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Update: Private Health Insurance, World Pharmacist Day and Sonographer and Radiographer Differences

August 7, 2019 0 Comments

In this week’s update we explore the sustainable future of the Private Health Insurance Industry in Australia, the origins of World Pharmacist Day and the differences with Sonographers and Radiographers.

To find out more what recruitment advice suits your needs the most please get in touch with our friendly senior consultants.

Last week’s newsletter update talked about additional Soft Skills that are important for Doctors to have, what it is like Being a Pharmacist and the Stress Sonographers endure.

Private Health Insurance, World Pharmacist Day and Sonographer and Radiographer Differences

Trouble in the Private Health Insurance Industry

What Is World Pharmacist Day?

Sonographer or Radiographer: The Differences

 

Trouble in the Private Health Insurance Industry

Private Health Insurance in Australia is a hot topic for politicians and it has been for many decades. Regardless of whether you have private health insurance, negative implications from this industry will impact everyone.

In recent months however, the future of the industry has been up for debate. Unprecedented new findings have caused the industry bodies such as The Australian Prudential Regulation Authority (APRA) and Private Healthcare Australia to step in with recommendations and guidelines for a more sustainable future.

There are a lot of medical jobs in demand in Australia, and for our GPs we know that Private patients can be a great source of your income. But most importantly the private patients allow you to spend time with them and to exercise your knowledge and skills in more ways.

As the Grattan Institute recently reported, there are 3 key areas.

  • What exactly is the purpose of private health insurance in a public and universal system?
  • Do the current features of the private health insurance industry support its overall role in the healthcare system?
  • Is government support for the private health insurance industry an effective and efficient use of its resources?

Healthcare Sign With Scrabble Letters

What exactly is the purpose of private health insurance in a public and universal system?

In Australia, there are 37 Private Health Insurers. It is estimated 80% of the consumers are with 5 of the main players – Bupa, Medibank, HCF, NIB and HBF, in no particular order.

The public and private healthcare sectors and the reforms they have gone through date back to as early as the 1940s and throughout each decade since then have been updated with new governments and coalitions.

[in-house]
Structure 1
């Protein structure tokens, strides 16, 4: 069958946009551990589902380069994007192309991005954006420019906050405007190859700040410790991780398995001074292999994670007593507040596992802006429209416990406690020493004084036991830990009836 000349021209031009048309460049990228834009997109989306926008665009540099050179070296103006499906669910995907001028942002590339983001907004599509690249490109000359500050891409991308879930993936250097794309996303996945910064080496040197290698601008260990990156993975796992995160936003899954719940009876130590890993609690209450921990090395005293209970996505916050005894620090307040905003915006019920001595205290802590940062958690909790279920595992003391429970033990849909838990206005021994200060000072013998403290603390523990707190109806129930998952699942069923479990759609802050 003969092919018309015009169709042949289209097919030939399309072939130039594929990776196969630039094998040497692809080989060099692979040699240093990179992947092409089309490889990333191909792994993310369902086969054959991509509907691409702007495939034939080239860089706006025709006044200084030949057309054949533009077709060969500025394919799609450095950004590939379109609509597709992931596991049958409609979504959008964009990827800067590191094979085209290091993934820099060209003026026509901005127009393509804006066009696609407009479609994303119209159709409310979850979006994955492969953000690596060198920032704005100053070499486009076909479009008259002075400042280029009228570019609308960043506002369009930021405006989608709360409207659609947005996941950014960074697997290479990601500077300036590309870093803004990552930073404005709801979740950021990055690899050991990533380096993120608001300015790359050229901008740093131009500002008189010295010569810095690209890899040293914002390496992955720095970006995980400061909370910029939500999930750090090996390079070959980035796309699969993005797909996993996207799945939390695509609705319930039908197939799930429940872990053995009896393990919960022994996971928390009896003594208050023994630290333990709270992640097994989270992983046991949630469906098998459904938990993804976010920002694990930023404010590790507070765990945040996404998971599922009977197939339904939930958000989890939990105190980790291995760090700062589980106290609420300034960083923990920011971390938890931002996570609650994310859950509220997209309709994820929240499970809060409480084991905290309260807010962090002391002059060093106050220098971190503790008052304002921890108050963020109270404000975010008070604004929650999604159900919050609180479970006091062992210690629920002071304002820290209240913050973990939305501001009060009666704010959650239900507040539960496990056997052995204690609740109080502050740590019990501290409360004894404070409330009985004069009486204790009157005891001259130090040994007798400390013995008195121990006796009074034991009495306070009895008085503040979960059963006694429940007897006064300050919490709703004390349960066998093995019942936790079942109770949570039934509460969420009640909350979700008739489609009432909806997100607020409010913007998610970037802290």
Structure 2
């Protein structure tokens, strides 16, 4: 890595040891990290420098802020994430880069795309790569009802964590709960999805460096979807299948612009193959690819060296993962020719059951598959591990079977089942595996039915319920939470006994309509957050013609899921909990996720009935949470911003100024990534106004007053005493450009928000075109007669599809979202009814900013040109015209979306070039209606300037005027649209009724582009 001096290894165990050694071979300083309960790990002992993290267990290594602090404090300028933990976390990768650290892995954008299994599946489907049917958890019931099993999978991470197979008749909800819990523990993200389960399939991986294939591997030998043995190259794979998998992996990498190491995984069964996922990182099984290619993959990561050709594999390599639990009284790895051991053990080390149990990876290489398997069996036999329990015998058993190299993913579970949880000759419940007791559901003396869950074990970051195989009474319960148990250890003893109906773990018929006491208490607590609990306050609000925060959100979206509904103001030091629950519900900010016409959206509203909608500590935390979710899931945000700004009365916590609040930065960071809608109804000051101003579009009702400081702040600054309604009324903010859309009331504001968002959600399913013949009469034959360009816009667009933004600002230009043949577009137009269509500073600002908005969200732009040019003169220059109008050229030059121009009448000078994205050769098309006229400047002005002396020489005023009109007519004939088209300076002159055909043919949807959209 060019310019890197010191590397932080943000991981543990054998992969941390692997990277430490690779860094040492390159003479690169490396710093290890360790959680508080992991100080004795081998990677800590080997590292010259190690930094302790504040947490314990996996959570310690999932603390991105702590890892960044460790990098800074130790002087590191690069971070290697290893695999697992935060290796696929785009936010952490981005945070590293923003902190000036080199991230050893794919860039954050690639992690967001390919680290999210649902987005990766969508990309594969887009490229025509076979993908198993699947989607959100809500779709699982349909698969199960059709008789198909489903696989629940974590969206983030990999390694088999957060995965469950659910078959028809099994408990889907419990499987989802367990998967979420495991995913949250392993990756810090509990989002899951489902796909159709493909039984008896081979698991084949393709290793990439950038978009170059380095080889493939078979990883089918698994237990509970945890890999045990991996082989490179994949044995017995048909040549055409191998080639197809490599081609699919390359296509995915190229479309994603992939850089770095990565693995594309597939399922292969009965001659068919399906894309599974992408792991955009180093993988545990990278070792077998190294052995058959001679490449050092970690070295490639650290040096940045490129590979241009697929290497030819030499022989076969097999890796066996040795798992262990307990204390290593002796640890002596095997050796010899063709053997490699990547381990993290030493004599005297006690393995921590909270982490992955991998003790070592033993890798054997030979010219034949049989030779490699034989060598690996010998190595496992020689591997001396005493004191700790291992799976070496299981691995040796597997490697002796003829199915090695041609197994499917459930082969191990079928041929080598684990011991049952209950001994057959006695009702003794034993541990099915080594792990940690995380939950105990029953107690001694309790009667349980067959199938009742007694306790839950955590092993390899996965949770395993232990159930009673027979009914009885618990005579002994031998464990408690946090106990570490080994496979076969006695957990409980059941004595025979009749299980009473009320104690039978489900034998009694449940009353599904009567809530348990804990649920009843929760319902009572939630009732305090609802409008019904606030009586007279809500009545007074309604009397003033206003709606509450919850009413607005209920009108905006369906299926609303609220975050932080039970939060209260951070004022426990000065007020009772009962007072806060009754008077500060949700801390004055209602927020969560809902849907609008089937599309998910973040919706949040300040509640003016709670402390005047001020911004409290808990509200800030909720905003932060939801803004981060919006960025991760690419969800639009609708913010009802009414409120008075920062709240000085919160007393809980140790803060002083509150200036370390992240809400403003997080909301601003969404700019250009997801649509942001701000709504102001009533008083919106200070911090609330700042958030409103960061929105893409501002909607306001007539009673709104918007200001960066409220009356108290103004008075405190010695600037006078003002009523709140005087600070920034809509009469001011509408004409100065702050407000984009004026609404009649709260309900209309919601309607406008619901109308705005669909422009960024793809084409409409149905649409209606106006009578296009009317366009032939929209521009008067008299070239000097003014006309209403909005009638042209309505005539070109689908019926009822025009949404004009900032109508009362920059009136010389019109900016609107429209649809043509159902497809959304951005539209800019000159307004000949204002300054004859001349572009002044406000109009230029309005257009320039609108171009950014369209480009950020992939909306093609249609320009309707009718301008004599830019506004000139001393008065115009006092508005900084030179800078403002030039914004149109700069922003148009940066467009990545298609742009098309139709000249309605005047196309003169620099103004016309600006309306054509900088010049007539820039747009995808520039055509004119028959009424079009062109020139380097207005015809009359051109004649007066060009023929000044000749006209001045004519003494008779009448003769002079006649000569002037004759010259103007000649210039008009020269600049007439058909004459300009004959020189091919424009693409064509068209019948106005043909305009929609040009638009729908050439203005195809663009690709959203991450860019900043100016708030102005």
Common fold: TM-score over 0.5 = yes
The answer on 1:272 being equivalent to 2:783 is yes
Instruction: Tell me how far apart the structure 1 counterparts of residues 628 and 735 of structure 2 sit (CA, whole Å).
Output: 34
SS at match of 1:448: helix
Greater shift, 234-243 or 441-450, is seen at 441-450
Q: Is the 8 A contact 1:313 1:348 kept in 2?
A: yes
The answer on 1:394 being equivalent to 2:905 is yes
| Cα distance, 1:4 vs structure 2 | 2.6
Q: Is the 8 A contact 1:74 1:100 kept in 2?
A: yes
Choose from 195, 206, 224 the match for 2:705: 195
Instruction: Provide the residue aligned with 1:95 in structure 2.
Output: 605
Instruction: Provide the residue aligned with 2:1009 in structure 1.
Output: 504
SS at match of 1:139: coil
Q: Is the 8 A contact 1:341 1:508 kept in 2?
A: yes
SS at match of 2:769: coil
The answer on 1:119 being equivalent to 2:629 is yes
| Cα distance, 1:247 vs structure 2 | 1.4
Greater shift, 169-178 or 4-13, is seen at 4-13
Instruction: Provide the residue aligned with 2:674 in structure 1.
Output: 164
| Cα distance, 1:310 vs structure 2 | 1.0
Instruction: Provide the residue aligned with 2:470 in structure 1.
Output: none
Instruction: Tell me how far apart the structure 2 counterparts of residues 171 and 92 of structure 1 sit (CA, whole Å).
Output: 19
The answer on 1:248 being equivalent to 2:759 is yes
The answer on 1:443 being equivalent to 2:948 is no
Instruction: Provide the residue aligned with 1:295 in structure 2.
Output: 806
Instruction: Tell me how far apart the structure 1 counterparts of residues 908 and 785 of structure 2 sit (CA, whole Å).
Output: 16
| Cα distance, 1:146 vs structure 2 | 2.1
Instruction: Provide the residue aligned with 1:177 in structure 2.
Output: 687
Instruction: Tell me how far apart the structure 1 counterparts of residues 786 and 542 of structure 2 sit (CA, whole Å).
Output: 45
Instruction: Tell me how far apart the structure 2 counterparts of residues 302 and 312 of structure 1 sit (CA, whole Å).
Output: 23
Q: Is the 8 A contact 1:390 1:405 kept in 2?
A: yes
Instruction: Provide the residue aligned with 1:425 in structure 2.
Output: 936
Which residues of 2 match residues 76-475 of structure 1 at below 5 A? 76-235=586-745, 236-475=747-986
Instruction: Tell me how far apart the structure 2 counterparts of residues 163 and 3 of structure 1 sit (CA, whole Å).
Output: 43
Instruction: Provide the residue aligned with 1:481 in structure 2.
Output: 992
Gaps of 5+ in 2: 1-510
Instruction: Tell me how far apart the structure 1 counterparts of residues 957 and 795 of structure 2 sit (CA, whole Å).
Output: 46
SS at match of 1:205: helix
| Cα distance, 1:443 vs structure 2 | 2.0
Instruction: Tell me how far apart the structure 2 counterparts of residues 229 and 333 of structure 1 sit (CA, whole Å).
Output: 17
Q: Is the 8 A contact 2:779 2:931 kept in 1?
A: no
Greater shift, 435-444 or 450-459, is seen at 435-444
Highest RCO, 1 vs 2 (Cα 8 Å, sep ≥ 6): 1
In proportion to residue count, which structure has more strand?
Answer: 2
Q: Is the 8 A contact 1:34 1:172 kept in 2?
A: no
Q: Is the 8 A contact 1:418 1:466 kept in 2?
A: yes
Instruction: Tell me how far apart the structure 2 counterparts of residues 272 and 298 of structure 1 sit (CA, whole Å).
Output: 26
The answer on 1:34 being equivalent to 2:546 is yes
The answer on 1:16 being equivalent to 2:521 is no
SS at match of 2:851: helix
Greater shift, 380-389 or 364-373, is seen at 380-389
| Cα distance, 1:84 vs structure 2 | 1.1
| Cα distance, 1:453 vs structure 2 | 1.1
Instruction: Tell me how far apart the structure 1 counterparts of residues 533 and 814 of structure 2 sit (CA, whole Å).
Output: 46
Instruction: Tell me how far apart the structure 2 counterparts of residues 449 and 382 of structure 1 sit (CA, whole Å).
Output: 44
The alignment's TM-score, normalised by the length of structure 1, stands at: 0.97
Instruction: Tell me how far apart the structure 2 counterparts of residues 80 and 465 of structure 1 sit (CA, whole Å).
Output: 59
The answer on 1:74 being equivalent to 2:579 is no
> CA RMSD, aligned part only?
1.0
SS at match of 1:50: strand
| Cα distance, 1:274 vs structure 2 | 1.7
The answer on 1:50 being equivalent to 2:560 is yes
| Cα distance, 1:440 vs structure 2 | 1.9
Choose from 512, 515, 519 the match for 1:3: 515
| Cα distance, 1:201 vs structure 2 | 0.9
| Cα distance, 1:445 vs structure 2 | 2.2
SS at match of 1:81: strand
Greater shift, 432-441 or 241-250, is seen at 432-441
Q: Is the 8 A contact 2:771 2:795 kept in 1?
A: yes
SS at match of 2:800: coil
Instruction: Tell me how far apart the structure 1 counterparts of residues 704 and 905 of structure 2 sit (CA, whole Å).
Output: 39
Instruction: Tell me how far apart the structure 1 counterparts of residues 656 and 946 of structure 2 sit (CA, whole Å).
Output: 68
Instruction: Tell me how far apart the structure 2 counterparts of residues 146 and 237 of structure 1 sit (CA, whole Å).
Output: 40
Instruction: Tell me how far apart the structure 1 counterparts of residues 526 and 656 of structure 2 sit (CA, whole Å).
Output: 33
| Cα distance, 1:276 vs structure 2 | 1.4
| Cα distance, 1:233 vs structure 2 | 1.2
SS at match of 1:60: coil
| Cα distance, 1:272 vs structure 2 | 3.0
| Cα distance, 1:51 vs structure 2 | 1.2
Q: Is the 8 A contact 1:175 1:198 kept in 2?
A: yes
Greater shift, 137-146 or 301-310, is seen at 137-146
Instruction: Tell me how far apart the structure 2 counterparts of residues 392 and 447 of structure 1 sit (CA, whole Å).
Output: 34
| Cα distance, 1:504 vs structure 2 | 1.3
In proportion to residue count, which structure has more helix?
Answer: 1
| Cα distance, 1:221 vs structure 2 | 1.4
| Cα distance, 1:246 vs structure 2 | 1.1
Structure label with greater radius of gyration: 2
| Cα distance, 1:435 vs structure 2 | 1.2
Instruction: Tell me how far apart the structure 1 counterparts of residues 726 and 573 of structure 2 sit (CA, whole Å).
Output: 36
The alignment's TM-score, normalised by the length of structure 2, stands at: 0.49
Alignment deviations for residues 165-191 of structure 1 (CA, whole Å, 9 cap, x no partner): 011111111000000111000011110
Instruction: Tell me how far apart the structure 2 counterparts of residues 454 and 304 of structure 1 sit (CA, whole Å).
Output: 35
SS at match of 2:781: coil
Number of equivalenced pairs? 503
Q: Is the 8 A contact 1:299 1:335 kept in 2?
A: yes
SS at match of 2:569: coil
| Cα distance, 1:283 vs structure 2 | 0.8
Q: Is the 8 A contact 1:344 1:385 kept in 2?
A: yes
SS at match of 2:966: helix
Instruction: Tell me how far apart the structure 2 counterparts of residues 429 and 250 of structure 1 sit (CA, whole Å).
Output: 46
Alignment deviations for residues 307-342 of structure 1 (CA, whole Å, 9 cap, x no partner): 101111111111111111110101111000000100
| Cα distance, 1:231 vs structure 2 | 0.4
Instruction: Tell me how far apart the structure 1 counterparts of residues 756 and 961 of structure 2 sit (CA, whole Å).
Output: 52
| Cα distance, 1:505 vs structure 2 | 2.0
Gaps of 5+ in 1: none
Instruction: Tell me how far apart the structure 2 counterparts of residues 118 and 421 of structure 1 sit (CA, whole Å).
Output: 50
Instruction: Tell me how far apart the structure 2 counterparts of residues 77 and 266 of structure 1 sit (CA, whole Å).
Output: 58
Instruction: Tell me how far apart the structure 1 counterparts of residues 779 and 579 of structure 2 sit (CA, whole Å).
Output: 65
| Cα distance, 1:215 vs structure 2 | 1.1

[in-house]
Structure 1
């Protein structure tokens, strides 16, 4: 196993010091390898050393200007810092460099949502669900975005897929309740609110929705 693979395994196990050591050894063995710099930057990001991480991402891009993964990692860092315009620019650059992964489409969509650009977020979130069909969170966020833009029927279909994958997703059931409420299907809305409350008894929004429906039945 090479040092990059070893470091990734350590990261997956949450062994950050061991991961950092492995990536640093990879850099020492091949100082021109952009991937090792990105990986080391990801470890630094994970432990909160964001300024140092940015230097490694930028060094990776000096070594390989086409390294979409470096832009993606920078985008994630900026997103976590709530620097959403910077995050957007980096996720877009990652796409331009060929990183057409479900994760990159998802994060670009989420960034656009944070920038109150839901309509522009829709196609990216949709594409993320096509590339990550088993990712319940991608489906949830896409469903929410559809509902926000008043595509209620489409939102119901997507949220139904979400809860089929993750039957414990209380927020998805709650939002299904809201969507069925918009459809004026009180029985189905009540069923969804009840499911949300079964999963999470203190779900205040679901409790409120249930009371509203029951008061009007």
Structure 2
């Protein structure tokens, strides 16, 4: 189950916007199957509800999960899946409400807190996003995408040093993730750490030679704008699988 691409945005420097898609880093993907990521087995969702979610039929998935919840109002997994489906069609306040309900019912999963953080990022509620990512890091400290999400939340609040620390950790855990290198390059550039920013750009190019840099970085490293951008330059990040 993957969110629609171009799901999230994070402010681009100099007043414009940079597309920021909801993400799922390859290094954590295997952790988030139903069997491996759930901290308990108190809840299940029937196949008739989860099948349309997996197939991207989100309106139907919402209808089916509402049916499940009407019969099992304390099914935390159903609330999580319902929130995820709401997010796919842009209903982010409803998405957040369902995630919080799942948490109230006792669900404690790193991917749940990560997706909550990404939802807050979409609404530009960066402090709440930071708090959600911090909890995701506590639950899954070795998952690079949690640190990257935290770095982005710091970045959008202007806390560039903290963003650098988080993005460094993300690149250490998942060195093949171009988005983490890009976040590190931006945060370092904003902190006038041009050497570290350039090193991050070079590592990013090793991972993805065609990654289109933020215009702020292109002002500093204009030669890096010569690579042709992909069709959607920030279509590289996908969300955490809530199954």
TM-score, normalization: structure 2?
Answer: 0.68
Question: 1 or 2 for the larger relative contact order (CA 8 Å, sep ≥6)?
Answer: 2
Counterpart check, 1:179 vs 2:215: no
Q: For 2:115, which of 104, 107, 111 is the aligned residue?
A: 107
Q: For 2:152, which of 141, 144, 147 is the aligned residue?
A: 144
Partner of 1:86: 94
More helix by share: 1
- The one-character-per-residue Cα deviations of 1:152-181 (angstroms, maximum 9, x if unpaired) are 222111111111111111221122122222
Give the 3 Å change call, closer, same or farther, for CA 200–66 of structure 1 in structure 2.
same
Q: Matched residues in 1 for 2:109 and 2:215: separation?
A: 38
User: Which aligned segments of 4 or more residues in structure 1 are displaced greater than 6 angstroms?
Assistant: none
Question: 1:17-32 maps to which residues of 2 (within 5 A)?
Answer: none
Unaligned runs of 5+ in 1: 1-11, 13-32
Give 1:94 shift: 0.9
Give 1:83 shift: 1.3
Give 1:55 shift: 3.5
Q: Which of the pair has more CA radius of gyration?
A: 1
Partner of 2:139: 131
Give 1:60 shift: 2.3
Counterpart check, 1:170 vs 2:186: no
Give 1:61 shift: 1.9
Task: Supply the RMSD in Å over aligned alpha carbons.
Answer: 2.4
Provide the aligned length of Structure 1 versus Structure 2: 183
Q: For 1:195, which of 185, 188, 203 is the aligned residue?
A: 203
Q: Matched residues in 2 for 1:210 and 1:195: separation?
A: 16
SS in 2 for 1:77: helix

It seems there is an unhappy mix of what the purpose of private health insurance can be. On the one hand, private health insurance can Compliment the public health services. But it can also Substitute.

Complimenting happens when you add-on additional covers in your insurance for areas that the public sector and Medicare currently do not cover. And for those that can afford it, Substituting happens when you fully take on the private care options available (separate from the public sector) such as access to special doctors, waiting times and quality of patient rooms to only name a few.

Focus too much on complimenting? There can be negative effects to the public sector. Focus too much on substituting? There are already problems with the affordability of health insurance and this can make it worse.

Red First Aid Kit Box

Do the current features of the private health insurance industry support its overall role in the healthcare system?

Firstly, the problems with encouraging complimenting private health covers will impact the long term public health sector. With complimenting, patients are using their private health cover in a public setting such as hospitals and surgeries. To encourage this could lead to negative side effects.

For the patients? This can create a ‘queue jumping’ scenario whereby the private patients’ needs are looked at first. And this itself also has a negative impact for the remaining public patients, whereby it encourages the businesses to use ‘skimming’ practices – prioritise your patients according to the ones you have the highest profit margin on with the lowest average cost of care.

For the doctors? Encourage them to provide more services in the private sector and it creates an opportunity cost of fewer resources being allocated to the public space. A direct impact for this can be the waiting times in a public hospital if the Specialists also have a lot of their time booked for private patients.

Secondly, the problems with encouraging substituting private health covers will impact its affordability. And this is currently already a hot topic issue.

APRA reported that more than 64,000 people in 2018 dropped out of their private health insurance. And there is also a large number of people who have reduced or downgraded their private cover to only pay for the basics and limit their add-ons.

Similarly, the Grattan Institute report this year about The History and Purposes of Private Health Insurance highlights that yearly since 2011, premiums for private cover have been increasing significantly more than the average wages and health expenditures.

This has created an interesting problem for the industry. A problem that has escalated this year to the point of the regulatory bodies weighing in with their thoughts for a sustainable future.